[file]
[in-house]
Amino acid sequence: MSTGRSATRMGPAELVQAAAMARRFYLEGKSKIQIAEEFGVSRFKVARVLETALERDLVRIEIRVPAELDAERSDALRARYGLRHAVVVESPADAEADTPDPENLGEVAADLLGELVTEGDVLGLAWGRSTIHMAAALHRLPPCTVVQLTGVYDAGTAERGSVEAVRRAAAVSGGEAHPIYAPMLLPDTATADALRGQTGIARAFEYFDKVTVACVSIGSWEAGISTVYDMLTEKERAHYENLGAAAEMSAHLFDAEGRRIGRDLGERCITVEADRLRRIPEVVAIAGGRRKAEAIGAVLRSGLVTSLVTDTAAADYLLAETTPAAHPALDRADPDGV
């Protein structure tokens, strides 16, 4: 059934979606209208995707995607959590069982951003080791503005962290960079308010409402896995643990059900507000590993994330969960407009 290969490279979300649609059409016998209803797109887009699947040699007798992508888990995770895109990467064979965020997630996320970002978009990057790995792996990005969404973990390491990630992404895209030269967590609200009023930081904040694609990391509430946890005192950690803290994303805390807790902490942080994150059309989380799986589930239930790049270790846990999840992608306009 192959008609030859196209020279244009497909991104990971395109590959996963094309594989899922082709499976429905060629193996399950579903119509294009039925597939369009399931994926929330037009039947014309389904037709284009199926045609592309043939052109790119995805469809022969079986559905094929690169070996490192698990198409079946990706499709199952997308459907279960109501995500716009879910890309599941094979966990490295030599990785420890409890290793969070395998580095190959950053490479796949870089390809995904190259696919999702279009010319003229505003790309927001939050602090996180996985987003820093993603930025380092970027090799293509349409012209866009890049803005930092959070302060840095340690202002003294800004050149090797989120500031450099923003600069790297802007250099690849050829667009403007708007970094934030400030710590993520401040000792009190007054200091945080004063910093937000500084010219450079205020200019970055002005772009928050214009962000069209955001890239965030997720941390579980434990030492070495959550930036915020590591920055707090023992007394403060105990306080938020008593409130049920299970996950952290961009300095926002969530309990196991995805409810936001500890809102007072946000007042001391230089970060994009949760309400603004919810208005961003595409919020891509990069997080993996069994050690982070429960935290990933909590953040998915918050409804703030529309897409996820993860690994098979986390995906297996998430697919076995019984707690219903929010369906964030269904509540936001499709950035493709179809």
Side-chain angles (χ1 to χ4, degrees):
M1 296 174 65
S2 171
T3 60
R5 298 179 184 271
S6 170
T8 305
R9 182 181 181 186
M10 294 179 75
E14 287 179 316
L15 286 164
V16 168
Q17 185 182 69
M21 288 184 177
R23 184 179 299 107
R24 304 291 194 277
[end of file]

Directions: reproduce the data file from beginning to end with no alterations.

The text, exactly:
[in-house]
Amino acid sequence: MSTGRSATRMGPAELVQAAAMARRFYLEGKSKIQIAEEFGVSRFKVARVLETALERDLVRIEIRVPAELDAERSDALRARYGLRHAVVVESPADAEADTPDPENLGEVAADLLGELVTEGDVLGLAWGRSTIHMAAALHRLPPCTVVQLTGVYDAGTAERGSVEAVRRAAAVSGGEAHPIYAPMLLPDTATADALRGQTGIARAFEYFDKVTVACVSIGSWEAGISTVYDMLTEKERAHYENLGAAAEMSAHLFDAEGRRIGRDLGERCITVEADRLRRIPEVVAIAGGRRKAEAIGAVLRSGLVTSLVTDTAAADYLLAETTPAAHPALDRADPDGV
């Protein structure tokens, strides 16, 4: 059934979606209208995707995607959590069982951003080791503005962290960079308010409402896995643990059900507000590993994330969960407009 290969490279979300649609059409016998209803797109887009699947040699007798992508888990995770895109990467064979965020997630996320970002978009990057790995792996990005969404973990390491990630992404895209030269967590609200009023930081904040694609990391509430946890005192950690803290994303805390807790902490942080994150059309989380799986589930239930790049270790846990999840992608306009 192959008609030859196209020279244009497909991104990971395109590959996963094309594989899922082709499976429905060629193996399950579903119509294009039925597939369009399931994926929330037009039947014309389904037709284009199926045609592309043939052109790119995805469809022969079986559905094929690169070996490192698990198409079946990706499709199952997308459907279960109501995500716009879910890309599941094979966990490295030599990785420890409890290793969070395998580095190959950053490479796949870089390809995904190259696919999702279009010319003229505003790309927001939050602090996180996985987003820093993603930025380092970027090799293509349409012209866009890049803005930092959070302060840095340690202002003294800004050149090797989120500031450099923003600069790297802007250099690849050829667009403007708007970094934030400030710590993520401040000792009190007054200091945080004063910093937000500084010219450079205020200019970055002005772009928050214009962000069209955001890239965030997720941390579980434990030492070495959550930036915020590591920055707090023992007394403060105990306080938020008593409130049920299970996950952290961009300095926002969530309990196991995805409810936001500890809102007072946000007042001391230089970060994009949760309400603004919810208005961003595409919020891509990069997080993996069994050690982070429960935290990933909590953040998915918050409804703030529309897409996820993860690994098979986390995906297996998430697919076995019984707690219903929010369906964030269904509540936001499709950035493709179809």
Side-chain angles (χ1 to χ4, degrees):
M1 296 174 65
S2 171
T3 60
R5 298 179 184 271
S6 170
T8 305
R9 182 181 181 186
M10 294 179 75
E14 287 179 316
L15 286 164
V16 168
Q17 185 182 69
M21 288 184 177
R23 184 179 299 107
R24 304 291 194 277